IR35 analysis: ‘Uncertainty in the evidence base’

A leading tax expert called for clarity over the rationale behind IR35 yesterday, as a Lords committee’s call to re-examine the “longer term case” for combining taxes on income and NICs was backed AccountingWEB members. Andrew Goodall reports.

Patrick Stevens, tax policy director at the Chartered Institute of Taxation, told AccountingWEB: “At the moment it seems to be that if the relationship between the person doing the work and the end user would be employment if there were no entities in the way, then the total amount of tax and NICs to be paid should be the same as if there were no entities in the way. That is what IR35 aims to achieve. If this policy is to remain the same the only question is how to enforce it better.”

He added: “If the intention is to change the policy so that inserting a company in this situation will change the basis of taxation as though someone were effectively self-employed, then everyone should be entitled to that and all employees who set up such a structure can have a more favourable tax position.”

Commenting on yesterday’s report on AccountingWEB, Tonyleigh said the real purpose of IR35 was to stop contractors paying themselves dividends free of NICs. Rather than do this by changing the NIC rules, he suggested, the government had introduced “the cack-handed employment status tests we have today”.

GazCol said IR35 had been “manipulated into something far above and beyond what it was ever intended to resolve”, but Ringi argued that removing it would “send a signal that anybody could avoid having to pay NIC by using a company”. The only sensible option was to combine income tax and NICs.

Peers called on HMRC to do “more robust work” to show that revenue protection provided by the IR35 regime outweighs the cost of the legislation...

Continued...

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Comments
johnjenkins's picture

And so    1 thanks

johnjenkins | | Permalink

it goes round and round. Eventually we disappear up our own backsides.

I'm sorry Patrick but you got it wrong. The relationship between work giver and worker can be a number of scenarios. HMRC are trying to dictate which one it should be to raise more money without any legal mandate.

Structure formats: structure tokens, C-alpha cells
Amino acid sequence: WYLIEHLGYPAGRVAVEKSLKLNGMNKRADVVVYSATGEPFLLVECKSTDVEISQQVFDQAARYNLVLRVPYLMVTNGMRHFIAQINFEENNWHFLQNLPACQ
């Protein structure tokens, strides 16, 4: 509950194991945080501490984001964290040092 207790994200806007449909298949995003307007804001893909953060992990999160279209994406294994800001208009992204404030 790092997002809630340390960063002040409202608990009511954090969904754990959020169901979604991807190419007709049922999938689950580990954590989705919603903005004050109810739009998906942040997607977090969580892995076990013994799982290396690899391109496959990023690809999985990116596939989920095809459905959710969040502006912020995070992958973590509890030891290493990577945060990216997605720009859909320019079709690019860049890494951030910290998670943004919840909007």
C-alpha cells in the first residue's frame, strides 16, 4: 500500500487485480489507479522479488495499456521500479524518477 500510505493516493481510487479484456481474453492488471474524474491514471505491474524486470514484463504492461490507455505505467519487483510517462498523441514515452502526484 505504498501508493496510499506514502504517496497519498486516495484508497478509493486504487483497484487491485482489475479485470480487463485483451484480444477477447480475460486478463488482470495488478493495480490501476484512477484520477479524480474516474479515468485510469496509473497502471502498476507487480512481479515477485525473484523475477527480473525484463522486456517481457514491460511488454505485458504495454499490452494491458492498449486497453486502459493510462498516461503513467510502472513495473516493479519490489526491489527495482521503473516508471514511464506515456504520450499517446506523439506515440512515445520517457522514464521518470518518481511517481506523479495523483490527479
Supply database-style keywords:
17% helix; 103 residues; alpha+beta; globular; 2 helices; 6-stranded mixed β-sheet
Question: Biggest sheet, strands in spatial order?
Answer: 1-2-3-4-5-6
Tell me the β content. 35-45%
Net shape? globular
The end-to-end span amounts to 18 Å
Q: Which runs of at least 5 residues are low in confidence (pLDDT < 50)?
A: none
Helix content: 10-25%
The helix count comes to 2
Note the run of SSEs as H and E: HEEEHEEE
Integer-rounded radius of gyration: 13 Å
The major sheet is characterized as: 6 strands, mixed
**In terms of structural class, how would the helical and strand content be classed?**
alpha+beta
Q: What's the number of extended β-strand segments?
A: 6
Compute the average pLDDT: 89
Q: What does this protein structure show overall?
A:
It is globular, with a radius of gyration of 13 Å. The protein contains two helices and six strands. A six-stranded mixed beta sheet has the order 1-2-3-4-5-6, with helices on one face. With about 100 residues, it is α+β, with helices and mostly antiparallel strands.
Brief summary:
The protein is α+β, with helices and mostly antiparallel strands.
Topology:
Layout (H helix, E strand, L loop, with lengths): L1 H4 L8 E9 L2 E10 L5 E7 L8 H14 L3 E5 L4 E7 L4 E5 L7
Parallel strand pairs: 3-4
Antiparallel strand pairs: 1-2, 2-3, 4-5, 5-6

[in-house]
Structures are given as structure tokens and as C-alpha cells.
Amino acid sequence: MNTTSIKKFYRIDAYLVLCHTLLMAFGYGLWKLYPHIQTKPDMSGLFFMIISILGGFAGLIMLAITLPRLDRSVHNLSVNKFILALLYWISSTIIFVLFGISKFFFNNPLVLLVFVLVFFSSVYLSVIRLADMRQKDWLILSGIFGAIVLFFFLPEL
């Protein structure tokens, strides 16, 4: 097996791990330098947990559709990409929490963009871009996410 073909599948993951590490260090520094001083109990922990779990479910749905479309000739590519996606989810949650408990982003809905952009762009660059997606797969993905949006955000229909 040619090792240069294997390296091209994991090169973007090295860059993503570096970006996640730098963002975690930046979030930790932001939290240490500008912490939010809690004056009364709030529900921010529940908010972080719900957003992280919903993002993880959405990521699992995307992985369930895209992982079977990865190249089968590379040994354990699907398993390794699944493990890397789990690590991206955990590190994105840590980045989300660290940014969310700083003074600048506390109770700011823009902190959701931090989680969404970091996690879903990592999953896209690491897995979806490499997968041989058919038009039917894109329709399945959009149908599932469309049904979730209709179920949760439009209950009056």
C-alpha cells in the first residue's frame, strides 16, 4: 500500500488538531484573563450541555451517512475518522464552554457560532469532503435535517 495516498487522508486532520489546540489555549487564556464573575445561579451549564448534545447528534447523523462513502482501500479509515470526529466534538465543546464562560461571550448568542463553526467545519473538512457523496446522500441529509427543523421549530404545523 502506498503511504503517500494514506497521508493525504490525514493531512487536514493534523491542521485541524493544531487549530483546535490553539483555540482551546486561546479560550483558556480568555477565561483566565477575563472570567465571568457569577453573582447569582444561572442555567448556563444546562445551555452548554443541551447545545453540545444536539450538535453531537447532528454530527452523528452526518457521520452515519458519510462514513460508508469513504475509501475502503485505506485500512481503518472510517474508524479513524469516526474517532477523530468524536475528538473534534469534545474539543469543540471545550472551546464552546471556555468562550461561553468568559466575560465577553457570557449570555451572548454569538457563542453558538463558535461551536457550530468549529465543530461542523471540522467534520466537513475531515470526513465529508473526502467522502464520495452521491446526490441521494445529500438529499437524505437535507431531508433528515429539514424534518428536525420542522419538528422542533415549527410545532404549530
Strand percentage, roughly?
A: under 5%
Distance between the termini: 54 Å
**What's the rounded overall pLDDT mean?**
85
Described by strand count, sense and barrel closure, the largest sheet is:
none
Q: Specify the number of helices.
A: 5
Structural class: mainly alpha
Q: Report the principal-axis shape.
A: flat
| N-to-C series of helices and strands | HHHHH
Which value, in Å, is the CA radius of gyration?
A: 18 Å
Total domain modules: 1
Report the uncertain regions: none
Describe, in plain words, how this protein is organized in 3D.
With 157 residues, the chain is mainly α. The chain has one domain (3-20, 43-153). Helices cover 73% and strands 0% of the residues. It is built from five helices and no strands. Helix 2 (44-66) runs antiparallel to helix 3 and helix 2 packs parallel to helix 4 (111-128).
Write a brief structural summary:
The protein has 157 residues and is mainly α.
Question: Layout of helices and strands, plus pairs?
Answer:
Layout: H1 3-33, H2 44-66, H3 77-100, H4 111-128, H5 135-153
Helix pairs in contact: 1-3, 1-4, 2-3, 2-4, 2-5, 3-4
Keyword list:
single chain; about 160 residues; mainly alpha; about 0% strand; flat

HMRC should be there to police the different entities and to make sure that the content of those entities are correct not to decide which entity can be used.

Specifically IR35 takes away a limited company status (which could well be illegal). Logically then, it must follow that the entity providing the work has to treat the worker as employed.

However as it took so long to get rid of an expenses fiddler (why pay it back if you got a clean bill of health) then we got no hope of ridding the universe of IR35 in any form.

Mark Three's picture

@johnjenkins    2 thanks

Mark Three | | Permalink

john - agree with you.  IR35 started from the wrong premise.  The end client should employ anyone that is truly caught under IR35 and give these employees full employment rights.  A major rethink is required, but it won't happen.

IR35    1 thanks

fitzweb | | Permalink

Does this article also not address the fact that the self employed can also be "caught" by the IR35 legislation where they have only one contract?

Finance Act 1977:

Michael C Feltham | | Permalink

From memory as I have no time to look it up.

A section in this related to those working for one employer and caused hundreds of thousands of previously self employed persons to incorporate. The section also captured agency workers.

My wife was captured by this in the late 1980s and we then set up a limited liability close company. No further problems.

The causal reason for IR35 was the dreadful harridan Dawn Primarolo: Brown then jumped in, rubbing his hands with glee; more taxes to waste in profligacy!

Disguised Employment was never ever mentioned in the late 1970s.

As so often, it's the politics of greed: thankfully NCDs were short lived, despite Brown's desire to block the dividend route to NIC avoidance.

Unless a spouse has significant capital at risk in a Ltd Co, then I do personally agree, splitting the dividends 50-50 where the spouse does not actually work and  has no capital at risk is technically wrong and HMRC can dispute this under established tax codes.

But that ought to be all.

 

I know of quite a few    3 thanks

Helen H | | Permalink

I know of quite a few “individuals” who work / have worked for the Government bodies – commonly within the MOD – via limited companies.  These are individuals that have previously been employed by the government department and have, due to various cut backs, been made redundant, and have then been offered their old (or very similar) job back, so long as they are “Self Employed”.  In many cases the “Employer” has insisted that they can only deal with a limited company and not an individual, although I am not clear on the reason why, and therefore the Individual sets up a company and goes back to his/her old job, generally charging at least 150% more than they previously received as a salary.

But the good news is that the relevant department has cut its employment costs, it just doesn’t mention that they now pay considerably more in sub contract and agency costs!

I understand that this practice is not limited to the MOD, but also includes local governments as well as other large organisations.

It is difficult for HMRC to change the rules when the people making them are quite possibly part of the problem themselves.

Conceptual problem

Mallock | | Permalink

The authorities have a massive conceptual problem with abolishing or merging NI into Income Tax and even if we get over that hurdle what do we do about employer's NI? With employer's NI still in place there is still a significant saving to be made through incorporation.